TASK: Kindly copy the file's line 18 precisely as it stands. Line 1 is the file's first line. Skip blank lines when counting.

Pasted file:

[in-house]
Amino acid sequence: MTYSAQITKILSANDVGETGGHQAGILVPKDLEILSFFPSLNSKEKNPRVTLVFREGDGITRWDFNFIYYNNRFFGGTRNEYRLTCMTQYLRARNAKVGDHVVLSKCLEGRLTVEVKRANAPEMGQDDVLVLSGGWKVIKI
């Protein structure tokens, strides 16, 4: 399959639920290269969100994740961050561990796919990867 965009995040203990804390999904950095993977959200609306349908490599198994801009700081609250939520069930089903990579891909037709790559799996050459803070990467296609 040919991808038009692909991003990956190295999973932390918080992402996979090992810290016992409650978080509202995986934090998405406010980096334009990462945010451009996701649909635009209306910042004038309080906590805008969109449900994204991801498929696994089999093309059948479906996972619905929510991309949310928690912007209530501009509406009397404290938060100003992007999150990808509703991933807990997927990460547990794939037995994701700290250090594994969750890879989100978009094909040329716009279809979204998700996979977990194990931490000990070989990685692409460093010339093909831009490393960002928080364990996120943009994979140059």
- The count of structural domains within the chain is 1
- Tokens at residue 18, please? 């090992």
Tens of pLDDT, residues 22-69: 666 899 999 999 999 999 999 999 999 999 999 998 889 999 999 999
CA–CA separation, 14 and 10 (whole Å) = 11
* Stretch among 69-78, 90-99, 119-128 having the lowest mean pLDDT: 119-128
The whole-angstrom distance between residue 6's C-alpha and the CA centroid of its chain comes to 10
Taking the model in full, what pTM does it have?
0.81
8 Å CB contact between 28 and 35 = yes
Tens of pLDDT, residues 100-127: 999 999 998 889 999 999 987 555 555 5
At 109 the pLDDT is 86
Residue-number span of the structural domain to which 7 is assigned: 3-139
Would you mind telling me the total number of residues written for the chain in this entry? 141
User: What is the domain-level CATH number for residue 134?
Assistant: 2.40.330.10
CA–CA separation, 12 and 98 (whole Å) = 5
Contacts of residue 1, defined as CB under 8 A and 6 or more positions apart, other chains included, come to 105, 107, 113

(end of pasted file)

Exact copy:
Assistant: 2.40.330.10